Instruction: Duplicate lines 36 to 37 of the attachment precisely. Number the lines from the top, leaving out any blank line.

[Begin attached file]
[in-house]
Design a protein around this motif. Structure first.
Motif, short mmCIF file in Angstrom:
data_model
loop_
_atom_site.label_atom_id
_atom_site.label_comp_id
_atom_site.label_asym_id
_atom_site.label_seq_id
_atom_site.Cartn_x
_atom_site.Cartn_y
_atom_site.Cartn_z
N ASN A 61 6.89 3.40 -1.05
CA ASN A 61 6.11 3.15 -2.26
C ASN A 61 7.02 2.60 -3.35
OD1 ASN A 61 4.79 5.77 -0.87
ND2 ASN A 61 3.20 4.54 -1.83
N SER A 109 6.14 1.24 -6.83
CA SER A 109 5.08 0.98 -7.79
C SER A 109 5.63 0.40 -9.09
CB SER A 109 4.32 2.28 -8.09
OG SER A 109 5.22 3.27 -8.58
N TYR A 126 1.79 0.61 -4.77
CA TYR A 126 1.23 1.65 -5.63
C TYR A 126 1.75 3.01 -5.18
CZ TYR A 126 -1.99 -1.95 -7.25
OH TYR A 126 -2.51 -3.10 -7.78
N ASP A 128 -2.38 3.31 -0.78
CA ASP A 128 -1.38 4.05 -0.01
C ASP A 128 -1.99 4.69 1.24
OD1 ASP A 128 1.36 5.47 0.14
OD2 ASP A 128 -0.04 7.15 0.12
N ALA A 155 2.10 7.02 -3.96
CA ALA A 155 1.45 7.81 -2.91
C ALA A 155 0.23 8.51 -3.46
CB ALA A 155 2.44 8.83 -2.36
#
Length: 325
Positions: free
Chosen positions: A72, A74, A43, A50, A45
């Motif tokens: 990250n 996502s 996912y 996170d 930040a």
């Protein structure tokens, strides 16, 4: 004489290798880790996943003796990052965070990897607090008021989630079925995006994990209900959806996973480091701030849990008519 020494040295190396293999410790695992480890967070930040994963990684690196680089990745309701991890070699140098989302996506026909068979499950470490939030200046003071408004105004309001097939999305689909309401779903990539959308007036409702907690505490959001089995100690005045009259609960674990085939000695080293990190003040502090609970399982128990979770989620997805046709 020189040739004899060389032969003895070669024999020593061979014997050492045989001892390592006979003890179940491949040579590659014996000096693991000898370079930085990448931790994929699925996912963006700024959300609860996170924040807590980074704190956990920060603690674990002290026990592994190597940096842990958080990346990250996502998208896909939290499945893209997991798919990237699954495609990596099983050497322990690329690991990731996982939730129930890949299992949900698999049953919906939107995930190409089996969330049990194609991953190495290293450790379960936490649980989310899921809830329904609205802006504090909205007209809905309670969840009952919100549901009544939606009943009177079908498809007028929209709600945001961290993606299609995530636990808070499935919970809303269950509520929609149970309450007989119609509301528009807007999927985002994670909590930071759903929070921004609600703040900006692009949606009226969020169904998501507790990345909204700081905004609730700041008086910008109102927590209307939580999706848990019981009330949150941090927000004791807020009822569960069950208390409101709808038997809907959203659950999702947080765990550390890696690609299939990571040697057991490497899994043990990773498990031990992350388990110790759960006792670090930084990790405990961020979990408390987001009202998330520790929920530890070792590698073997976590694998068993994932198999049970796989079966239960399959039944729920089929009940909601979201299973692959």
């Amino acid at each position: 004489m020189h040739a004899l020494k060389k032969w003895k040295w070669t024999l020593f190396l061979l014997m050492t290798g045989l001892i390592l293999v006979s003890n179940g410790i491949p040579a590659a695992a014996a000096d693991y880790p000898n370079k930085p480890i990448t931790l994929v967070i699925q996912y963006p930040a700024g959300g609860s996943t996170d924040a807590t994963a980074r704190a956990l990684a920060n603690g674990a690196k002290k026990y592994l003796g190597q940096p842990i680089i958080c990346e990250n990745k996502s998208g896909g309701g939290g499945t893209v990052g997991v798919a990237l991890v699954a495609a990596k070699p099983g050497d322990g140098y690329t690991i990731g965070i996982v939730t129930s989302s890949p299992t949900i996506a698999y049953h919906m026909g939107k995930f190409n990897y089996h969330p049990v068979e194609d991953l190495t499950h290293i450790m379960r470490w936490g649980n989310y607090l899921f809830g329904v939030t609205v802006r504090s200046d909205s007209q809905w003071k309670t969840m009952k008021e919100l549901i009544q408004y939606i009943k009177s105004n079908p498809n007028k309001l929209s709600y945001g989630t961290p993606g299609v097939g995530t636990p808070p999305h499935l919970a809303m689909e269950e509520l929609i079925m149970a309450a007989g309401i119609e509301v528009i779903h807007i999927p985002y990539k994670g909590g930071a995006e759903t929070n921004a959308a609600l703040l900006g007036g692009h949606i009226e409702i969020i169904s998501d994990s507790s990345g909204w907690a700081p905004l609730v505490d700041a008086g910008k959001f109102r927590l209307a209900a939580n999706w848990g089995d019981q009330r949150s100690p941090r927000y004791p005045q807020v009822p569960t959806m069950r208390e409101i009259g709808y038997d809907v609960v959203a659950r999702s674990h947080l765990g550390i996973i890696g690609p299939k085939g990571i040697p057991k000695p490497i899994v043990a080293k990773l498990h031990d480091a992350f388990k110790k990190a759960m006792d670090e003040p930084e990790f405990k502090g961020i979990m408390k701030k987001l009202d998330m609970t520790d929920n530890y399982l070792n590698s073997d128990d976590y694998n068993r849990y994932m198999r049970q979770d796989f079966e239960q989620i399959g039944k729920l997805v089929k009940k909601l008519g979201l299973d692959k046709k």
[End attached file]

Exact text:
CB ALA A 155 2.44 8.83 -2.36
#